Thoughts on The World’s End

August has been largely uneventful.  I didn’t even get out to the Regatta this year since I was working on thesis.  I wrangled groomsmen into tux fittings.  I bought a tux for myself.  I tracked down responses to wedding invites.  I think I saw a few movies, but I most definitely saw one: The World’s End.

This latest outing from director Edgar Wright (Shaun of the Dead and Hot Fuzz) completes the spiritual pseudo-trilogy starring Simon Pegg and Nick Frost, this time joined by an impressive cast that includes Martin Freeman (of Hobbit and Sherlock fame) among many others.  And, like its predecessors, it is a comedy that is also surprisingly heartfelt, dark, and bleak.

The basic premise is that burnout Gary King (Pegg) manages to convince four old friends (long since grown apart) to reunite in their hometown to try and finish the legendary “Golden Mile” pub crawl that they had failed to complete in their youth.  As you might imagine, this doesn’t go well.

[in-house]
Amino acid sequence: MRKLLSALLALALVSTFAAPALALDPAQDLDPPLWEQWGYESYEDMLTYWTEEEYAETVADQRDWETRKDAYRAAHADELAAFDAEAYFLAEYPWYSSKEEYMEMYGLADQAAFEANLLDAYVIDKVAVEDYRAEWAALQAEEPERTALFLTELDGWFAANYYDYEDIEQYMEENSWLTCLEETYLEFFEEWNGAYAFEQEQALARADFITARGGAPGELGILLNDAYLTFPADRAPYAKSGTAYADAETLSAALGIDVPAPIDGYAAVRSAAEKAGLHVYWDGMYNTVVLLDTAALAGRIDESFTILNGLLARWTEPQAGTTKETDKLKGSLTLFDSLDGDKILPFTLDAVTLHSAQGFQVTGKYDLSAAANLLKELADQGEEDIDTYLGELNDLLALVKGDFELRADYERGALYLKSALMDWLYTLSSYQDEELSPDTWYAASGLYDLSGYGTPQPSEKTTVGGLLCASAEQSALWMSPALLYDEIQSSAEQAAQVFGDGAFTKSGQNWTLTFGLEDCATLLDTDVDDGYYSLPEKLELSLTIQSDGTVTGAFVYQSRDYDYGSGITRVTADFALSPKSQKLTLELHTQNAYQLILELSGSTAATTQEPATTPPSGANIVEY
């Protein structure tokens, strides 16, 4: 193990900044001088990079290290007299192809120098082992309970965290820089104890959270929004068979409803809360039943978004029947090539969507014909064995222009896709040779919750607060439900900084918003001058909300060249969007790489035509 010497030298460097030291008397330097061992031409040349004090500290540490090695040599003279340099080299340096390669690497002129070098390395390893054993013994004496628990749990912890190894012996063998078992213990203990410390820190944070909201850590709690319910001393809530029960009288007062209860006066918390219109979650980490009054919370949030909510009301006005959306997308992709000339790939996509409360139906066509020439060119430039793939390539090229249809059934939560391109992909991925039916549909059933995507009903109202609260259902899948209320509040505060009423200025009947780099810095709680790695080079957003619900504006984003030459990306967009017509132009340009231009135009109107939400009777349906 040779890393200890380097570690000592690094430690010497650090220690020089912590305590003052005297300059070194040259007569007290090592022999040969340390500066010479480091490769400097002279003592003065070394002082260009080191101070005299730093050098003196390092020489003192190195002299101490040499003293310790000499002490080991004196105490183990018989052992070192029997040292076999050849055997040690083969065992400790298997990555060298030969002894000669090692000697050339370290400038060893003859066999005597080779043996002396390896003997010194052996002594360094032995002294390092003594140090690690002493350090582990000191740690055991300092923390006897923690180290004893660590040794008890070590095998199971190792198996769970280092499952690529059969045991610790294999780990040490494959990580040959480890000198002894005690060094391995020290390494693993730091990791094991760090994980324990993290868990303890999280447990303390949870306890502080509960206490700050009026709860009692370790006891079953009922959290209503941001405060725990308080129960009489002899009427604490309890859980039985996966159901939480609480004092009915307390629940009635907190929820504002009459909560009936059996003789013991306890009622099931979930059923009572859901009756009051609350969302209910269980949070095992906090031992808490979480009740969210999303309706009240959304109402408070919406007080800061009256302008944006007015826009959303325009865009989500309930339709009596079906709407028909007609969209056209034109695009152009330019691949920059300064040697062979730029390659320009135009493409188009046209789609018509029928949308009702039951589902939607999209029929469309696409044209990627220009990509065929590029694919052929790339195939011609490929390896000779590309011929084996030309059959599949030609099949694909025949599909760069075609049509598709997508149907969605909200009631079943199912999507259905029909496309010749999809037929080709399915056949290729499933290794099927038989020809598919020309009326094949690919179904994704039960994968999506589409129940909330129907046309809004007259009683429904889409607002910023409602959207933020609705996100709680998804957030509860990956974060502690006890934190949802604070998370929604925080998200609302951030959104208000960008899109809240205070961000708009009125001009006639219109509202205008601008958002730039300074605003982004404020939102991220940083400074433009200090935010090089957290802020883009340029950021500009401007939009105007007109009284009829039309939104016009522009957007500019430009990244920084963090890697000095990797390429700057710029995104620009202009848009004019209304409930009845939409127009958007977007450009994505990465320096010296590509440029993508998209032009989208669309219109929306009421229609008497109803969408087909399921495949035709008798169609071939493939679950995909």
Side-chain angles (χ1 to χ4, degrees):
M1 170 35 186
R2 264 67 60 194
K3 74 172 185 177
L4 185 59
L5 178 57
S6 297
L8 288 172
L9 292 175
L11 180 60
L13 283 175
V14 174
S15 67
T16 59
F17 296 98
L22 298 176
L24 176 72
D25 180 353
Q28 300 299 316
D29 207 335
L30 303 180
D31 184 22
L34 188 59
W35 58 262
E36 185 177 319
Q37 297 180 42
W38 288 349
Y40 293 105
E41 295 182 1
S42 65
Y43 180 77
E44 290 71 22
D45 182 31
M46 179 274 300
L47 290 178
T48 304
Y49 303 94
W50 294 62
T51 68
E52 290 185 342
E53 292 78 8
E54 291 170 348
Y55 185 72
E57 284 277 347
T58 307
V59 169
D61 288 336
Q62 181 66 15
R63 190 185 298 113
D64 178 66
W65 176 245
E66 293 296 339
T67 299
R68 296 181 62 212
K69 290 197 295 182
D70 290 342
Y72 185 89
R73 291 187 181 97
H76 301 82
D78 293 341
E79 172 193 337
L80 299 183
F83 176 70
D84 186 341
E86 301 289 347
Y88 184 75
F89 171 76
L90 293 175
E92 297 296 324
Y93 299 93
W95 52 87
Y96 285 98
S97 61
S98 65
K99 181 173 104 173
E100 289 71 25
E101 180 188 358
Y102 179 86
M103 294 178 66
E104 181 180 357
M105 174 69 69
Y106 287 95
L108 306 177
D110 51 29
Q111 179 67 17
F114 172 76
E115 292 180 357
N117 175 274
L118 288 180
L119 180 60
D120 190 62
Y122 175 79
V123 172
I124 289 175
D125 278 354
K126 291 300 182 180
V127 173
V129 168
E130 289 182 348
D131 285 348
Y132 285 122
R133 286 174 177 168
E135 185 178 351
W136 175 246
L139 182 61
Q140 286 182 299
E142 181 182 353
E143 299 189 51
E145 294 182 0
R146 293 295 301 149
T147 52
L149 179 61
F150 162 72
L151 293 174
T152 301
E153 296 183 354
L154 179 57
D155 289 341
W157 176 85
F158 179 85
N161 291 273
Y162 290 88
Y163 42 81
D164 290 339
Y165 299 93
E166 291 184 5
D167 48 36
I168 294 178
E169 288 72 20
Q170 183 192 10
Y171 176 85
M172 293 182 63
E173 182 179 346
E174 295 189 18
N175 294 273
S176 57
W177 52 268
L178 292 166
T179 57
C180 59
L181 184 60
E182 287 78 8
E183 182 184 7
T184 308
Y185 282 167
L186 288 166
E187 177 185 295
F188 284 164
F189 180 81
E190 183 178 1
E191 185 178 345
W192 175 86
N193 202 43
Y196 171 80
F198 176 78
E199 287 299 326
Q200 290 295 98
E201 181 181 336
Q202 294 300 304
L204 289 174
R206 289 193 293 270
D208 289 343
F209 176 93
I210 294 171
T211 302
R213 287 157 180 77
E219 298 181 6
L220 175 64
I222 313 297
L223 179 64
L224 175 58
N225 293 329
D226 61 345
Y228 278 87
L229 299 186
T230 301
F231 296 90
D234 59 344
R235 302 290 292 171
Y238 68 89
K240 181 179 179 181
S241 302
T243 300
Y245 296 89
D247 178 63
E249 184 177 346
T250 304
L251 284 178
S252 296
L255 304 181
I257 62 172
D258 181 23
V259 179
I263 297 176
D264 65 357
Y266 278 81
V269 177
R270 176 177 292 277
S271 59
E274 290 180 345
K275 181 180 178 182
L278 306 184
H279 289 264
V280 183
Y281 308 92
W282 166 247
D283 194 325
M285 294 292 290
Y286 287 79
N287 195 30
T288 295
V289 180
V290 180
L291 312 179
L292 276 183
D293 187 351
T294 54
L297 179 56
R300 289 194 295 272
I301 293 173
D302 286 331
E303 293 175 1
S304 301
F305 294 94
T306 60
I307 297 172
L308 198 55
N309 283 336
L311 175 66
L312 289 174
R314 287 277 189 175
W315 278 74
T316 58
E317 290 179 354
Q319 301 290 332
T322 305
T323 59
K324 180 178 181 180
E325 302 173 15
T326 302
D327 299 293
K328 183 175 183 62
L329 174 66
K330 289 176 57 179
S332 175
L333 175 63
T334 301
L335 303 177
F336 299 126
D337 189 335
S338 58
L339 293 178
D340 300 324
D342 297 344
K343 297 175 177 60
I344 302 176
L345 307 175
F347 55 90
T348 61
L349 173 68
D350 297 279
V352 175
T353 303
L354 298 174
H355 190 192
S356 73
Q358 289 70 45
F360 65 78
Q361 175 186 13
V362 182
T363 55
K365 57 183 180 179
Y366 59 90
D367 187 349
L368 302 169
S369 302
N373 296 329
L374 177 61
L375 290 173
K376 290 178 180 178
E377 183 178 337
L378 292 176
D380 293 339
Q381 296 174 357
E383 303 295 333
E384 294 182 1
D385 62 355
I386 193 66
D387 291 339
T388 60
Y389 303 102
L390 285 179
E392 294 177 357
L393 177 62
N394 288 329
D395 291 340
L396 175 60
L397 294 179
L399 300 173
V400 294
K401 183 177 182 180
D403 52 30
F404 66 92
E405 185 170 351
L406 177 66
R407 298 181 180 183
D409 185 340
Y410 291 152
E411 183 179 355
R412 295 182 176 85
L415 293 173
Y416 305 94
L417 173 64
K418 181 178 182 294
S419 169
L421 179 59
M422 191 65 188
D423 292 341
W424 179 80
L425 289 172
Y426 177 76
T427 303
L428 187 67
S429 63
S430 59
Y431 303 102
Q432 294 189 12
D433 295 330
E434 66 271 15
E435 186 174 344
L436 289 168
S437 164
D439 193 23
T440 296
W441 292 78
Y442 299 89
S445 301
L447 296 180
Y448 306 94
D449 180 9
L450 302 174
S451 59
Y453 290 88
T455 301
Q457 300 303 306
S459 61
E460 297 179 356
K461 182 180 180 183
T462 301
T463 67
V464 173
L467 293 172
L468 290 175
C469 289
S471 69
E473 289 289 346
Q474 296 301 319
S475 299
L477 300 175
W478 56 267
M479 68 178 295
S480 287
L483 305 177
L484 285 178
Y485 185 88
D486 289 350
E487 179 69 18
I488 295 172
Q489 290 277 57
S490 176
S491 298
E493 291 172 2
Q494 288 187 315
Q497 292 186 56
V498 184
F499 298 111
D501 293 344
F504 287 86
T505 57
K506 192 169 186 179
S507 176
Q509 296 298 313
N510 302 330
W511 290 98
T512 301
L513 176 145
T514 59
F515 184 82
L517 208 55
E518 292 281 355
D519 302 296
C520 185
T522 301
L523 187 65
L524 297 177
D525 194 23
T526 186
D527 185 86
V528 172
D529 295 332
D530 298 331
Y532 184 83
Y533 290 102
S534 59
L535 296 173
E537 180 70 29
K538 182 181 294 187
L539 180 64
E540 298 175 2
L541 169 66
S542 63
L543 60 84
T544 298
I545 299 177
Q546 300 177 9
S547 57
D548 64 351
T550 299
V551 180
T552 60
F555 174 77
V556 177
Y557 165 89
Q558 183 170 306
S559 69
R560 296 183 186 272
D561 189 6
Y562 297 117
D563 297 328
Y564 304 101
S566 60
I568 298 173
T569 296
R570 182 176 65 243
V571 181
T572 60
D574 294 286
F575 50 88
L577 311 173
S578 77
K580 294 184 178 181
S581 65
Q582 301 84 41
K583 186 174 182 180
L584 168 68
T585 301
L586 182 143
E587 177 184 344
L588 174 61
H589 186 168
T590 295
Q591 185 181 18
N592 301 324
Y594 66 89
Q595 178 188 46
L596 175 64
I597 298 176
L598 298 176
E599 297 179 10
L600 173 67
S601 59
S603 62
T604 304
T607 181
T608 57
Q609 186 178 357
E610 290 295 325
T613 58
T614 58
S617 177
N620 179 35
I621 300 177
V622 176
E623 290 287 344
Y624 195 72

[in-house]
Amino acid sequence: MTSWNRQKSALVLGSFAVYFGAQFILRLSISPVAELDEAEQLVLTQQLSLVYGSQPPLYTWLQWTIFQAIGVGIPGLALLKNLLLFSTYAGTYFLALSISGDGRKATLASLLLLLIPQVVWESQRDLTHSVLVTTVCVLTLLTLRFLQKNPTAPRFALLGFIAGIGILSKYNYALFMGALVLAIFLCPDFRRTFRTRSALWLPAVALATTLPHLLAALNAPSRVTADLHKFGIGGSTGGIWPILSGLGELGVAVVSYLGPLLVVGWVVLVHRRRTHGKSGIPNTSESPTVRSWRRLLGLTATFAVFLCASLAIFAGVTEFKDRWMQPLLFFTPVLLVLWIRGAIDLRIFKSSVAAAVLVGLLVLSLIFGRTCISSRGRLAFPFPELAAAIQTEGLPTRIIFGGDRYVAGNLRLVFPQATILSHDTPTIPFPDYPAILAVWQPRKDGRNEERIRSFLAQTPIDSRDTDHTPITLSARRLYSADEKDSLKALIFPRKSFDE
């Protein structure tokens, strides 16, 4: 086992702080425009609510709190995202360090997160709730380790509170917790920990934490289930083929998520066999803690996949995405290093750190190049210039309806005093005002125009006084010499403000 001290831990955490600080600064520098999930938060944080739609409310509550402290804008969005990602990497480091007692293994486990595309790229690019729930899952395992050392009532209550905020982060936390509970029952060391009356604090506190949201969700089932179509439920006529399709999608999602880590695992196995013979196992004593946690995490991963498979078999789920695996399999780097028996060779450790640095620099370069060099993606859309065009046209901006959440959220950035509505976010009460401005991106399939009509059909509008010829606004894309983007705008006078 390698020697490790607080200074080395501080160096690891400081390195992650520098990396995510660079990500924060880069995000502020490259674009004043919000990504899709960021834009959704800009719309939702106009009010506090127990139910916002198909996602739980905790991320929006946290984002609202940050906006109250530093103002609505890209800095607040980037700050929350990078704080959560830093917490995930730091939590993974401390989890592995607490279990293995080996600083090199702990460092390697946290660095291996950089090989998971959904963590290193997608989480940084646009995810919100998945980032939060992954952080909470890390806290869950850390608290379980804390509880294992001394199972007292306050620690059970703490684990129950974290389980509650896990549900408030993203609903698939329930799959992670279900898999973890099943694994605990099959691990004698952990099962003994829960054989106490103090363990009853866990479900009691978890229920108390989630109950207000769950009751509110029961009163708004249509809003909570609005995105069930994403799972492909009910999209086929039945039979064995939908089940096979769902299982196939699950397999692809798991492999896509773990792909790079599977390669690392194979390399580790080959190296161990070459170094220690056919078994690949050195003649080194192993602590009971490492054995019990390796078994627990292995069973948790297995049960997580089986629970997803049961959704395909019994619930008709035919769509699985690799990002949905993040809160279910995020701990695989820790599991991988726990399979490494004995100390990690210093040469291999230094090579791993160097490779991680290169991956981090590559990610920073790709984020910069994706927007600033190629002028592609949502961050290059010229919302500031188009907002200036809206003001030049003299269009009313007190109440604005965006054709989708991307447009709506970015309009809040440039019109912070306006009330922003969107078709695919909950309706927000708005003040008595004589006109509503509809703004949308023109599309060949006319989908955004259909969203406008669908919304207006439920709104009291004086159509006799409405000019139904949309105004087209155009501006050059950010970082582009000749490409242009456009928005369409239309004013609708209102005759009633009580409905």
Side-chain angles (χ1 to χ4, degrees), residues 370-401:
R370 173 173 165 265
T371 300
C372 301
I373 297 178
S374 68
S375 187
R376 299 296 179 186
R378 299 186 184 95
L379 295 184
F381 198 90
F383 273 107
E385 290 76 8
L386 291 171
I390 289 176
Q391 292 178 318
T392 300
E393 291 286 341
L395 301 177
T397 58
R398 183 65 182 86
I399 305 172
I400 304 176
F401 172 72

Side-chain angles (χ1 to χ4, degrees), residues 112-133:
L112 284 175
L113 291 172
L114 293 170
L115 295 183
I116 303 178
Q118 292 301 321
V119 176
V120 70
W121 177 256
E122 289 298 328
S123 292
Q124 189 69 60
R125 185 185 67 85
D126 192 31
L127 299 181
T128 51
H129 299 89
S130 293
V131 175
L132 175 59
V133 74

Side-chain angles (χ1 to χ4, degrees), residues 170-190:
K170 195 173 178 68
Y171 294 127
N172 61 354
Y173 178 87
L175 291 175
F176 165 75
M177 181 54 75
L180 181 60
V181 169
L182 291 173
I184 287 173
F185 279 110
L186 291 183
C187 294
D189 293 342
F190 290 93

The realization that their hometown has forgotten the “legendary” Gary King was already hitting hard when the more science fictional elements of the plot kicked into high gear, and Wright managed to deftly weave the two threads together throughout the remainder of the movie.  As with Shaun and Hot Fuzz, many elements of the plot are rife with cliche and tropes of the chosen genre, and, as in those two movies, it is the parallel arc of the characters that lifts the movie above being cheap parody.

I would be hard-pressed to rank The World’s End against its predecessors or Wright’s other work (Scott Pilgrim!), but if  you enjoyed them I’m pretty sure you will enjoy this one.

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